To: NMA Members
Fr: Rosemary Mucklow, Executive Director
Re: BSE-Positive Cow Detected in Canada
May 20, 2003
Canada obtained confirmation this morning from the world's most experienced pathological laboratory at Purbright, U.K. that an 8-year old beef cow on a ranch in Northern Alberta, Canada has been diagnosed as having bovine spongiform encephalopathy (BSE), commonly referred to as “Mad Cow Disease.” There was a delay between the cow’s slaughter on January 31 and testing because sample tissue from livestock that are condemned and do not enter the food supply are the lowest priority for laboratory testing. The cow, which showed no signs of BSE infection, reportedly had pneumonia and was lighter in weight than normal, and consequently was condemned by the Canadian Food inspector as unfit to enter the food chain. The BSE-positive cow never entered the food supply, and none of its tissue was used in food product or ruminant feeds.
The Canadian Minister, Canadian officials, and Alberta provincial officials hosted a teleconference this morning to answer questions. They repeatedly stated that the identification of this cow demonstrates that the system works, as the cow did not enter the food system. The Canadian leadership also discussed the finding with Agriculture Secretary Ann Veneman this morning. USDA has temporarily suspended livestock and meat trade from Canada until further information is known. The U.S. will not accept any Canadian ruminants or ruminant products until further notice. USDA is also dispatching a technical team to Canada to assist in the investigation. “I [spoke] with Canada’s Agriculture and Agri-Food Minister Lyle Vanclief a short time ago about Canada’s investigation and feel that all appropriate measures are being taken in what appears to be an isolated case of bovine spongiform encephalophathy,” Secretary Veneman said in a statement.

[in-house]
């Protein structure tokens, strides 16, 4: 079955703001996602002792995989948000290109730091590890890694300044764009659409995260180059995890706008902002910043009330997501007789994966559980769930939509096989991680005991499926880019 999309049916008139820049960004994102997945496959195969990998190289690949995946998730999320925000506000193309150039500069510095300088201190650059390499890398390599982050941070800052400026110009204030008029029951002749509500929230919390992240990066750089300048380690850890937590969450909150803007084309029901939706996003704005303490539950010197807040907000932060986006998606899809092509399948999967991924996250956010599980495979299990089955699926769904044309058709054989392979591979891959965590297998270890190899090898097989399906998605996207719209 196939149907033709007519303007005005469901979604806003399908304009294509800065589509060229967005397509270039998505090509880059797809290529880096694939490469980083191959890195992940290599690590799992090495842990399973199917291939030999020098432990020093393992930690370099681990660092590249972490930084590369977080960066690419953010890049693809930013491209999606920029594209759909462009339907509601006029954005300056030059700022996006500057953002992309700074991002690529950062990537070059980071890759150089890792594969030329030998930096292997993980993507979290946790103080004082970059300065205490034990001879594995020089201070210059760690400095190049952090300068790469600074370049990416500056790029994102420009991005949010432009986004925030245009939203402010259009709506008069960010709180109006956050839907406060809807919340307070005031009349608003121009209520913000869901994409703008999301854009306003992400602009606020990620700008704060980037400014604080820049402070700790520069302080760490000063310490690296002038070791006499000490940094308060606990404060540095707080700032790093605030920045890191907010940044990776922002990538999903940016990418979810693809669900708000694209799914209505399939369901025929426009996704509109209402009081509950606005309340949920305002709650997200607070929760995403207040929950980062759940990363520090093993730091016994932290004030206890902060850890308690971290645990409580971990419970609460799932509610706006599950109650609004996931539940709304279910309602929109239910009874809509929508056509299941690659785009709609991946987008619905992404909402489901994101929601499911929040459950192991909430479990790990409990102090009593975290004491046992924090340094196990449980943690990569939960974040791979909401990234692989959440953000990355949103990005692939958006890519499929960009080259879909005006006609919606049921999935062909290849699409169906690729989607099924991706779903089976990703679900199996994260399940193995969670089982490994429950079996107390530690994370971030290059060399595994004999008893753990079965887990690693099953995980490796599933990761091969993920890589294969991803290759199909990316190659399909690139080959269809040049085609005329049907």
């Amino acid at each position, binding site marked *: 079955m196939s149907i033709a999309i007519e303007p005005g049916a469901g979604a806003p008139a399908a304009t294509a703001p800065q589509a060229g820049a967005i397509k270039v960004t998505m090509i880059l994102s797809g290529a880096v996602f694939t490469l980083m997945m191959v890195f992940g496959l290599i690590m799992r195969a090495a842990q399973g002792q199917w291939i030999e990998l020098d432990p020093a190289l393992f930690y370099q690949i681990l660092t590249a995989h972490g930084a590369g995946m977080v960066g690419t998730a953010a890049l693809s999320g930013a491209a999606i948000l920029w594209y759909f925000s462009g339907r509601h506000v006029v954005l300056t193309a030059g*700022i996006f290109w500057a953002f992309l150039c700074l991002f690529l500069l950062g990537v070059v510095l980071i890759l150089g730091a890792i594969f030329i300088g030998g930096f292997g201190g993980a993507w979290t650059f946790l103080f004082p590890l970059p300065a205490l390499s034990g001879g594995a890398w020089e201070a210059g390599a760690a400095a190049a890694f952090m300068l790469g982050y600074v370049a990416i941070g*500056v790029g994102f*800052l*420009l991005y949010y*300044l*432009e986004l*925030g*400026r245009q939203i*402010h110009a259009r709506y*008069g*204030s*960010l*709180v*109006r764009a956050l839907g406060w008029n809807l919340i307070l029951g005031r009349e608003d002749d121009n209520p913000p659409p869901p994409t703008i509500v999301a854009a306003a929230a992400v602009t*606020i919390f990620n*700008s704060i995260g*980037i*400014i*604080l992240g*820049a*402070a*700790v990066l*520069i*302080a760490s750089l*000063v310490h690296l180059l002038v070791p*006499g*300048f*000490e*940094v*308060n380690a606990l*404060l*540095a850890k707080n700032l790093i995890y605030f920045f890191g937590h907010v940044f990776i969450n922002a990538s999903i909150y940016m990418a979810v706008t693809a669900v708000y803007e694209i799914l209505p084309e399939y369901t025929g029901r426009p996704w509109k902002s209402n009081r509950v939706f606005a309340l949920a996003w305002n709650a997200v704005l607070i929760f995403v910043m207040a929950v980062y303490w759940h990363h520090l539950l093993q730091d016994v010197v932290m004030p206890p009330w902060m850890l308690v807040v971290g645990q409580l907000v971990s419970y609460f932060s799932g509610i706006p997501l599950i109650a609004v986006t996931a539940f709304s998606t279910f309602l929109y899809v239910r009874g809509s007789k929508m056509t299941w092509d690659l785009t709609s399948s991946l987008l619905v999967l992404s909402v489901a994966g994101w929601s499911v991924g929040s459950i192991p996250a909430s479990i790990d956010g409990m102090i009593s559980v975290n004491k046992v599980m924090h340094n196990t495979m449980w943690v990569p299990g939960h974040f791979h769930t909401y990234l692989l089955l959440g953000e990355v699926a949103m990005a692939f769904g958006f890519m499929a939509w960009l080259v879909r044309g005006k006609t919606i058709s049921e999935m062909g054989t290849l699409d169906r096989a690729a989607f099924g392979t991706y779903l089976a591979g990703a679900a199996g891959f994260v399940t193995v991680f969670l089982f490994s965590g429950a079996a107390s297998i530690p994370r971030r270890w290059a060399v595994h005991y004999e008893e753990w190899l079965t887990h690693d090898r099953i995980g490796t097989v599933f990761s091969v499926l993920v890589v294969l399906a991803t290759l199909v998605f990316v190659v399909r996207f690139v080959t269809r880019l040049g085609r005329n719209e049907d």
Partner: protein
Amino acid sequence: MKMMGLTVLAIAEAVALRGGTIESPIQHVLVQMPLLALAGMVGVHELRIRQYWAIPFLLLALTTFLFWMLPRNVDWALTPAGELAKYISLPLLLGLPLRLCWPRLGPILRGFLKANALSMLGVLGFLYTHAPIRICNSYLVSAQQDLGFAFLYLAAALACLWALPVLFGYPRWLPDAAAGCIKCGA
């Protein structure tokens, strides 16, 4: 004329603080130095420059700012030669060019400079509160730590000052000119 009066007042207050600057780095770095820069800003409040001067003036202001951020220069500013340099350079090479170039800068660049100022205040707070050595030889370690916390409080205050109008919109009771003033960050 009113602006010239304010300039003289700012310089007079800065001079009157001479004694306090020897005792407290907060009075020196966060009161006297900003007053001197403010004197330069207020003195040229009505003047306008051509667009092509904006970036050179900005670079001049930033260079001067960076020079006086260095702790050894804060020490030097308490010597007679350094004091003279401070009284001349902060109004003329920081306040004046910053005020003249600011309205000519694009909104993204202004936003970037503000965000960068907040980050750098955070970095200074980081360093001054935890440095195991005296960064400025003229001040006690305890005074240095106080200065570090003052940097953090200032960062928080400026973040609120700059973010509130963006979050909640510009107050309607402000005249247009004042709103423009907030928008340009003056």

In a statement the Canadian Food Inspection Agency (CFIA) said “Information suggests that the risk to human health and the possibility of transmission to other Canadian cattle from this case are low.” In accordance with BSE precautionary measures, the condemned cow was held for testing and sent to rendering after slaughter. The assembled herd from which the infected cow came has been quarantined and will be depopulated, as will any other at-risk herds. Canada will use its “trace out” system to provide both forward and backward tracing information for the infected animal. Reportedly, no other cows from the herd the BSE-infected cow came from have been sent to slaughter.
There is a lot of unknown information. It was reaffirmed many times during the course of the teleconference that there is no known transmission between cows. It was also noted that the incubation period for BSE is anywhere between 2 and 8 years. The most common method of transmission known is an animal consuming BSE-infected mammalian materials in feed (Canada bans mammalian materials in ruminant feed).
The Food Safety and Inspection Service (FSIS) has issued guidance to District offices, to be disseminated through field offices, stipulating that all carcasses of known Canadian origin be retained, and slaughter of Canadian cattle cease until further notice. This afternoon NMA has asked that FSIS provide this guidance in writing, and NMA will share the guidance as soon as it is available. FSIS officials have also said that they are working cooperatively with sister-agency Animal Plant Health Inspection Service (APHIS). APHIS Administrator Bobby Acord will be hosting a teleconference on Wednesday, May 21 at 12:15 p.m. ET on this matter. Dial 1-888-989-9786 and enter pass code 31991 to participate.
This event obviously impacts trade between Canada and the U.S. As more information is forthcoming, we will keep members informed. Please don’t hesitate to contact us at 510-763-1533 or [email protected] with any questions or concerns.